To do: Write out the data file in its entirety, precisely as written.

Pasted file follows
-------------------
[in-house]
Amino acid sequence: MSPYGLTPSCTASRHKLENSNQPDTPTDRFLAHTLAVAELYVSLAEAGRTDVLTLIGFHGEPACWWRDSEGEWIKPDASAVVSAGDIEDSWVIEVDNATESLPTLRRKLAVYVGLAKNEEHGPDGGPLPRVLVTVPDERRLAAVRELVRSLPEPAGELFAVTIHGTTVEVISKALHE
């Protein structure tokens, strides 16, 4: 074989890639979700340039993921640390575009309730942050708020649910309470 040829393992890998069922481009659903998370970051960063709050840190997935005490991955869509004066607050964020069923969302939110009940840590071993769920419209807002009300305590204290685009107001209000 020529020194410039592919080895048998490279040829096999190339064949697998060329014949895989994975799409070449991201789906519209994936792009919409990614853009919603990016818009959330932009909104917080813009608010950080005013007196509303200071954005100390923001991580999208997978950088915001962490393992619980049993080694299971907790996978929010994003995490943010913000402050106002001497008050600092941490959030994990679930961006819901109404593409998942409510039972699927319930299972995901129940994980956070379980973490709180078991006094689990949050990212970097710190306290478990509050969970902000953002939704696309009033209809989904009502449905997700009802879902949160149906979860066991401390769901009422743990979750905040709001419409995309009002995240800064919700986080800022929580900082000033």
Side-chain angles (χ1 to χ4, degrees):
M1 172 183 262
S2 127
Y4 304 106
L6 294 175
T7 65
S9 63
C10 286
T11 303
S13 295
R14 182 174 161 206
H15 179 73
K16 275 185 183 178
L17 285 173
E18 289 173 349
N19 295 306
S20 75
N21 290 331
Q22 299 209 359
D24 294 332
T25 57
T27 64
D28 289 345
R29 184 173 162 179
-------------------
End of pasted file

[in-house]
Amino acid sequence: MSPYGLTPSCTASRHKLENSNQPDTPTDRFLAHTLAVAELYVSLAEAGRTDVLTLIGFHGEPACWWRDSEGEWIKPDASAVVSAGDIEDSWVIEVDNATESLPTLRRKLAVYVGLAKNEEHGPDGGPLPRVLVTVPDERRLAAVRELVRSLPEPAGELFAVTIHGTTVEVISKALHE
């Protein structure tokens, strides 16, 4: 074989890639979700340039993921640390575009309730942050708020649910309470 040829393992890998069922481009659903998370970051960063709050840190997935005490991955869509004066607050964020069923969302939110009940840590071993769920419209807002009300305590204290685009107001209000 020529020194410039592919080895048998490279040829096999190339064949697998060329014949895989994975799409070449991201789906519209994936792009919409990614853009919603990016818009959330932009909104917080813009608010950080005013007196509303200071954005100390923001991580999208997978950088915001962490393992619980049993080694299971907790996978929010994003995490943010913000402050106002001497008050600092941490959030994990679930961006819901109404593409998942409510039972699927319930299972995901129940994980956070379980973490709180078991006094689990949050990212970097710190306290478990509050969970902000953002939704696309009033209809989904009502449905997700009802879902949160149906979860066991401390769901009422743990979750905040709001419409995309009002995240800064919700986080800022929580900082000033």
Side-chain angles (χ1 to χ4, degrees):
M1 172 183 262
S2 127
Y4 304 106
L6 294 175
T7 65
S9 63
C10 286
T11 303
S13 295
R14 182 174 161 206
H15 179 73
K16 275 185 183 178
L17 285 173
E18 289 173 349
N19 295 306
S20 75
N21 290 331
Q22 299 209 359
D24 294 332
T25 57
T27 64
D28 289 345
R29 184 173 162 179